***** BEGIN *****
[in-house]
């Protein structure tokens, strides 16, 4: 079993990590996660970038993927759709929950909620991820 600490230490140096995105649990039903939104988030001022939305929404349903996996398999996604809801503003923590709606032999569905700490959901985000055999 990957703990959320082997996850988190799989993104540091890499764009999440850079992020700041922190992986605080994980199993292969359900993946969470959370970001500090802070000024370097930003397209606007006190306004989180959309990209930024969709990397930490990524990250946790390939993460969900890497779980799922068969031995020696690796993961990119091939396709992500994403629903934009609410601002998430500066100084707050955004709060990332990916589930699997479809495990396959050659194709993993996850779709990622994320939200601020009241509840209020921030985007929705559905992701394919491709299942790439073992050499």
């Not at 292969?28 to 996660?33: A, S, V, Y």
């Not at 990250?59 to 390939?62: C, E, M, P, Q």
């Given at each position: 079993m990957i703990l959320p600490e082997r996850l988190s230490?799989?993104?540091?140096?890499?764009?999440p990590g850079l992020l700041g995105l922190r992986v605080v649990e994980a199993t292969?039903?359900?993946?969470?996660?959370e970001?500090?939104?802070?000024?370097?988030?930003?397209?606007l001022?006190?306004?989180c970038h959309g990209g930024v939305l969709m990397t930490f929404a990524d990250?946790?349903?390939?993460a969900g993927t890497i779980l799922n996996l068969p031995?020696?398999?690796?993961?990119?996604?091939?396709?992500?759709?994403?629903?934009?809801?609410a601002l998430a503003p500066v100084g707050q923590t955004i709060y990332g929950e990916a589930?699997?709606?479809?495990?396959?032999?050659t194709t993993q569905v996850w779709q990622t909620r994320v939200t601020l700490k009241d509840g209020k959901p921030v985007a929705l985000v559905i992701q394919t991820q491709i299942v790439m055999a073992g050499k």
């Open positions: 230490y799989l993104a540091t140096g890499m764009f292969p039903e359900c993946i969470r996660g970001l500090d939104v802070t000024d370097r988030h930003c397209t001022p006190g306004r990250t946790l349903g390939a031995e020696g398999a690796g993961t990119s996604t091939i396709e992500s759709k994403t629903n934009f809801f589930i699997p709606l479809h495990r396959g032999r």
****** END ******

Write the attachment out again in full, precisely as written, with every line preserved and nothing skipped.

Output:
[in-house]
């Protein structure tokens, strides 16, 4: 079993990590996660970038993927759709929950909620991820 600490230490140096995105649990039903939104988030001022939305929404349903996996398999996604809801503003923590709606032999569905700490959901985000055999 990957703990959320082997996850988190799989993104540091890499764009999440850079992020700041922190992986605080994980199993292969359900993946969470959370970001500090802070000024370097930003397209606007006190306004989180959309990209930024969709990397930490990524990250946790390939993460969900890497779980799922068969031995020696690796993961990119091939396709992500994403629903934009609410601002998430500066100084707050955004709060990332990916589930699997479809495990396959050659194709993993996850779709990622994320939200601020009241509840209020921030985007929705559905992701394919491709299942790439073992050499």
């Not at 292969?28 to 996660?33: A, S, V, Y």
């Not at 990250?59 to 390939?62: C, E, M, P, Q």
């Given at each position: 079993m990957i703990l959320p600490e082997r996850l988190s230490?799989?993104?540091?140096?890499?764009?999440p990590g850079l992020l700041g995105l922190r992986v605080v649990e994980a199993t292969?039903?359900?993946?969470?996660?959370e970001?500090?939104?802070?000024?370097?988030?930003?397209?606007l001022?006190?306004?989180c970038h959309g990209g930024v939305l969709m990397t930490f929404a990524d990250?946790?349903?390939?993460a969900g993927t890497i779980l799922n996996l068969p031995?020696?398999?690796?993961?990119?996604?091939?396709?992500?759709?994403?629903?934009?809801?609410a601002l998430a503003p500066v100084g707050q923590t955004i709060y990332g929950e990916a589930?699997?709606?479809?495990?396959?032999?050659t194709t993993q569905v996850w779709q990622t909620r994320v939200t601020l700490k009241d509840g209020k959901p921030v985007a929705l985000v559905i992701q394919t991820q491709i299942v790439m055999a073992g050499k």
């Open positions: 230490y799989l993104a540091t140096g890499m764009f292969p039903e359900c993946i969470r996660g970001l500090d939104v802070t000024d370097r988030h930003c397209t001022p006190g306004r990250t946790l349903g390939a031995e020696g398999a690796g993961t990119s996604t091939i396709e992500s759709k994403t629903n934009f809801f589930i699997p709606l479809h495990r396959g032999r």